Gov. Janet Mills stands to honor an attendee during her State of the State address at the Capitol in this Jan. 21, 2020, file photo.

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AUGUSTA, Maine — Gov. Janet Mills ramped up Maine’s coronavirus fight on Tuesday, ordering public-facing businesses that are nonessential to close just after midnight while allowing grocery stores, pharmacies and other businesses deemed essential to remain open.

The Democratic governor largely resisted edicts in the state’s step-by-step coronavirus response up until Tuesday. Last week, she declared a state of emergency and followed it with an order to close eateries to dine-in service and ban social gatherings of 10 or more while only recommending businesses such as shopping malls, gyms and theaters close.

Mills’ Tuesday order elevated those latter recommendations to orders while stopping short of the increasingly drastic actions in other states aimed at slowing the spread of the virus while allowing most businesses to continue operating. As of Tuesday, 15 states had issued stay-at-home orders to most residents, according to The New York Times.

The businesses deemed nonessential — which must close at 12:01 a.m. Wednesday for two weeks — include shopping malls, gyms and salons. It largely affects downtown areas and shopping centers, though many such businesses have already closed. The Maine State Chamber of Commerce backed the decision in a statement after Mills made the announcement.

Mills told reporters at a Tuesday news conference in Augusta that she has considered all options when it comes to restricting travel, including stay-at-home orders. She said she wanted to frame what Mainers could do as opposed to what they cannot, adding “there are public health risks to people staying in place as well as public health risks to people not staying in place.”

“We want everyone to be cautious and courageous at the same time,” she said.

Among the essential businesses allowed to stay open are medical facilities, grocery stores, pharmacies and manufacturing facilities. The closure order also applies to non-essential workplaces that are not public-facing but require more than 10 workers to convene in a space where physical distancing is not possible.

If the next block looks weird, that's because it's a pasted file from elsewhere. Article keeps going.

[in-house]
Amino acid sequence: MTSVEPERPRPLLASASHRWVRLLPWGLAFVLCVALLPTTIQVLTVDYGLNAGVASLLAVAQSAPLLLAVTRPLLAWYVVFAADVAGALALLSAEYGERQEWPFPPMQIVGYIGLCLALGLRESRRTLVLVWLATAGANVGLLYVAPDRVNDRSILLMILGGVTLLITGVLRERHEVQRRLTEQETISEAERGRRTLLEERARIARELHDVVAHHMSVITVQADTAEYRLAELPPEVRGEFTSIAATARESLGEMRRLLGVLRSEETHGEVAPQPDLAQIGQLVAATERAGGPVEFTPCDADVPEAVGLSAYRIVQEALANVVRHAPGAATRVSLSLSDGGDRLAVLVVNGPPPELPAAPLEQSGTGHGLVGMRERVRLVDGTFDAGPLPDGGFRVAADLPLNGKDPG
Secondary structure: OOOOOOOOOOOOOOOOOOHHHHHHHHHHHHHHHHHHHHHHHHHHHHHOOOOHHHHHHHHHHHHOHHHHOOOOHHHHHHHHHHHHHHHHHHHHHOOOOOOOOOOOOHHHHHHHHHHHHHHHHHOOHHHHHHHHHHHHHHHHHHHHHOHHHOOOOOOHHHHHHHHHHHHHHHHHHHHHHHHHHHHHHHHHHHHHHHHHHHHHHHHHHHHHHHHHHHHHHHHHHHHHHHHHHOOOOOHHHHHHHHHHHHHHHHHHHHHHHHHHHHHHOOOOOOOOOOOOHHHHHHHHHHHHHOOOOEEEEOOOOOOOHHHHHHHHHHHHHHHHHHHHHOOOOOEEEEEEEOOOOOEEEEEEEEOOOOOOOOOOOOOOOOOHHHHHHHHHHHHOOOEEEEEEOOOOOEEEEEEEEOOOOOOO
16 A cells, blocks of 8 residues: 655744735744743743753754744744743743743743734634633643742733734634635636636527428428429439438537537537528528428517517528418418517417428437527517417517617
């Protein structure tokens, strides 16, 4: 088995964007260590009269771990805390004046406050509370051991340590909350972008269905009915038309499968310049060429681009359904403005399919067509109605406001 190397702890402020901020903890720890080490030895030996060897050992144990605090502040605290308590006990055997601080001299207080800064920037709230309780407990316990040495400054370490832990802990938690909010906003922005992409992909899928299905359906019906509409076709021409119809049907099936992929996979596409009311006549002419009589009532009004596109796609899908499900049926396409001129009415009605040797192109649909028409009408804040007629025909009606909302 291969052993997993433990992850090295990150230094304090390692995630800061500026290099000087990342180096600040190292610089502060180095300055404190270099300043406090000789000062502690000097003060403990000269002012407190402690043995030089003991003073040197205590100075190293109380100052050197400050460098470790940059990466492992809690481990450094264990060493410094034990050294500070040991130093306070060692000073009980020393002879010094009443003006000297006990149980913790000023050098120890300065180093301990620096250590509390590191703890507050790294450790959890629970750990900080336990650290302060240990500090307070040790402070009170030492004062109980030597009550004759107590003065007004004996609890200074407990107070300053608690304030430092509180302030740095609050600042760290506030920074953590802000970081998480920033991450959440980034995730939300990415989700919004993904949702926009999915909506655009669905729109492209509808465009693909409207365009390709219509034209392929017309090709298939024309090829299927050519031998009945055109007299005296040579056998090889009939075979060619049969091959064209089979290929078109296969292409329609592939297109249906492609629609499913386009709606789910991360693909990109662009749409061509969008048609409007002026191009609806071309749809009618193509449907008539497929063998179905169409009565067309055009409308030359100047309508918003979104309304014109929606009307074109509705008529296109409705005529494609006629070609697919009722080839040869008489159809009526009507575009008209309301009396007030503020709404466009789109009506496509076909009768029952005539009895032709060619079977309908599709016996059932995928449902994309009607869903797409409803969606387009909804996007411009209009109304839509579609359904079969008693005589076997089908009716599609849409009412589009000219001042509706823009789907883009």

Businesses will be allowed to operate if employees can work from home. State government remains open, though 70 percent of workers are working remotely, according to Mills’ office.

Mills’ order was accompanied by recommendations for large stores such as Walmart and Target to limit the number of people in the store at one time to 100, enhance curbside services, closing fitting rooms and reminding customers to remain six feet apart, among other things.

The governor’s move comes as the virus threatens a shutdown of American society with no end in sight. Markets have plummeted over the past few weeks, though Congress was closing in on a deal Tuesday around a $2 trillion stimulus package aimed at beating back a recession.

In Maine, the first case of the virus was announced less than two weeks ago. The number of confirmed cases rose to 118 as of Tuesday, with 74 cases alone in Cumberland County. The state’s aging and rural population is more vulnerable to serious illness from the virus than any state but West Virginia, according to the Kaiser Family Foundation.

Governors are taking these actions in the absence of early and robust testing for the virus, noted Wendy Mariner, a professor of health law at the Boston University School of Public Health, who said she prefers the type of step-by-step approach that Mills and many other governors have used to announce restrictions on movement or business operations.

Mariner said while “there is a danger” in not coming down harder in an outbreak, people can more easily adjust to incremental changes as the state’s response unfolds rather than abrupt orders, which makes it easier to maintain the public trust.

“It’s critically important to have accurate information that you’re giving them and enable them to trust that you are acting in their best interest as governor,” she said.

Michael Shepherd

Michael Shepherd joined the Bangor Daily News in 2015 after three years as a reporter at the Kennebec Journal. A Hallowell native who now lives in Augusta, he graduated from the University of Maine in...